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Tuesday, June 25, 2002
Updated: July 1, 1:08 PM ET
Greatest U.S. women's sport moments

From the Page 2 mailbag

Earlier this week, Page 2 listed our top 10 greatest moments in women's sports history, and we asked you to send us your choices.

We hunted through more than 230 e-mails, and here is how Page 2 readers ranked the achievements. Be sure to vote in the poll at right to crown the greatest moment in U.S. women's sports history .

1. U.S. soccer team wins World Cup, 1999 (53 letters)
Brandi Chastain
Brandi Chastain strikes her famous pose after her 1999 World Cup heroics.
Simply the greatest moment in women's sports history. The entire tournament was played before sellout crowds and was watched by millions all over the world. Plus, more than 90,000 people packed the Rose Bowl for the final game. We're talking women's soccer!

This is incredible because it's not only a soccer game, which hardly registers a blip on the U.S. sports radar, but it was also a women's sporting event. With seemingly two strikes against it, the U.S. team wowed the entire world and validated Title IX 27 years later.
C. M. Connors
Denton, Texas

Hands down, the '99 World Cup title. I don't think any women's sporting event was ever watched with as much respect as that was. I know many males -- myself included -- who have scoffed at female athletics, but that team was amazing in every sense of the word.

The U.S. team beat the world in a sport the United States has never dominated and for this, they attained celebrity status the likes of which few female athletes ever have. The Brandi Chastain commercials with Kevin Garnett. Now Mia Hamm is sponsored by Gatorade and Nike, and she appeared in commercials with Vince Carter, Peyton Manning, Derek Jeter and Michael Jordan for goodness sakes! That game had quite an impact.
J. Lash
Fort Lee, N.J.

When the U.S. women's soccer team won the World Cup, it was the first time that I can remember being completely glued to my TV set and cheering out loud for a women's sporting event. In my household, it became one of those "put dinner on hold, let the kids run amok, and don't answer the phone until the game is over" type days that we usually only have during World Series week.

It gets my vote for the best because it seems that the moments we tab as "the best," are the ones we can replay in our minds over and over again. Who can forget the the penalty kicks and of course, Brandi Chastain's emotional celebration?! Fortunately, this was a spectacular and televised. It's only too bad that we didn't get to witness Babe Didrikson's remarkable feats in the same manner.
Jan Getz
Hagerstown, Md.

2. Nixon signs Title IX, 1972 (33 letters)
The Title IX legislation completely changed the face of women's athletics forever, by opening a door of opportunity that was previously closed shut to girls and women. That legislation allowed for the record numbers of participation in sports, societal acceptance of women as athletes, opportunities for greater prize money in women's pro sports, etc, etc. It is by far the most significant thing ever to happen in women's sports!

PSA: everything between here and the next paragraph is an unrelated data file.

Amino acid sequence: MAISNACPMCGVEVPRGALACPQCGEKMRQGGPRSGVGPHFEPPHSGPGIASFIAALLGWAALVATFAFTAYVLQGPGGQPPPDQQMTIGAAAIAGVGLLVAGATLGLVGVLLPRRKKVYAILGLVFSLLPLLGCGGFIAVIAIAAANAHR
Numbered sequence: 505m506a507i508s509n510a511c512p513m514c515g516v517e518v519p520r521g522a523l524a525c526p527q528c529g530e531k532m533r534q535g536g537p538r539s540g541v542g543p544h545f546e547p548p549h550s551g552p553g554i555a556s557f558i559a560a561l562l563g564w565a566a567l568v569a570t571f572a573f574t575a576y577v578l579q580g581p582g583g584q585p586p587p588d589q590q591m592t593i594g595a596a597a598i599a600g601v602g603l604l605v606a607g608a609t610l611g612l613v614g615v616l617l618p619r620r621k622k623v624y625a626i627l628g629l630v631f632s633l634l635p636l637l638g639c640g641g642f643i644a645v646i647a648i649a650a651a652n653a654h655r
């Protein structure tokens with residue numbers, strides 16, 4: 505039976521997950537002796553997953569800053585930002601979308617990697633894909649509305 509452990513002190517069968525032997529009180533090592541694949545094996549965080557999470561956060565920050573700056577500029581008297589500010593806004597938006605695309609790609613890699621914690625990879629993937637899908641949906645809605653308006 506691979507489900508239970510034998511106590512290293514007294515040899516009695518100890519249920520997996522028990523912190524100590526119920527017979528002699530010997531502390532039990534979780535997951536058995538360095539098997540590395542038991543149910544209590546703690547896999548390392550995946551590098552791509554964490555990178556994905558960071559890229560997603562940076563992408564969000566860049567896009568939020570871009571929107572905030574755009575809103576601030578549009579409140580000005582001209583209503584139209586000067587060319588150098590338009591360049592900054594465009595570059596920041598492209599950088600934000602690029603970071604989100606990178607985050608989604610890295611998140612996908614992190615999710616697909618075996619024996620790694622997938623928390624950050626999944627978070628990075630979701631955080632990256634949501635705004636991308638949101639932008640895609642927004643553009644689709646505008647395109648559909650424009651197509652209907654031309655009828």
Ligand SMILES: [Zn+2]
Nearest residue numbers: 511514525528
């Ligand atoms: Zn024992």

Carol
Middletown, Conn.

As an ex-college wrestler I could look back at title IX as reverse discrimination, but I tend to see it as it is, an opportunity for millions of women to compete and have the same opportunities as men. There is a large amount of controversy surrounding this law in wrestling circles across the nation, but the good it has done for women far outweighs the amount of wrestling programs and other male sports programs that have been dropped. Women have been oppressed for centuries, the price that some male sports have to pay today is a mere pittance to what women have sacrificed through the years.
Mark Peterson
Eyota, Minn.

Nixon has been a political pariah for so many years, that it's only fair he is credited for the good work he did do while in office, including his signing of Title IX. It was not a politically popular move to many of his staunch Republican supporters. Nixon recognized something needed to be done, and while Title IX is an imperfect solution to the problem of gender inequity in athletics, it did more to advance women's sports in the U.S. than any other single event in history. Naming any man, let alone Richard Nixon, as the person responsible for the greatest moment in women's sports history is a bold and controversial move by Page 2 -- and the same could be said of President Nixon's decision to sign Title IX into law.
Brian
Orange, Calif.

Billie Jean King
Billie Jean King defended all women in her historic "Battle of the Sexes" match against Bobby Riggs.
3. Billie Jean King wins the Battle of the Sexes, 1973 (25 letters)
Not only did it impact the sports world, it affected society as a whole. Women's rights in the workplace, the well intentioned, but ill fated ERA amendment, and countless other women's movements that sprang into life in the mid 1970s. Title IX may not have passed had the King-Riggs outcome been different. Her victory transcended mere tennis, and changed the world as we know it.
Michael Elseroad
Virginia Beach, Va.

Billie Jean King beating the tar out of big mouthed Bobby Riggs at the Astrodome. It signaled the advent of women into the world of professional sports on TV.
Robert E. Polner
Bethesda, Md.

4. Kerri Strug vaults to victory, 1996 (23 letters)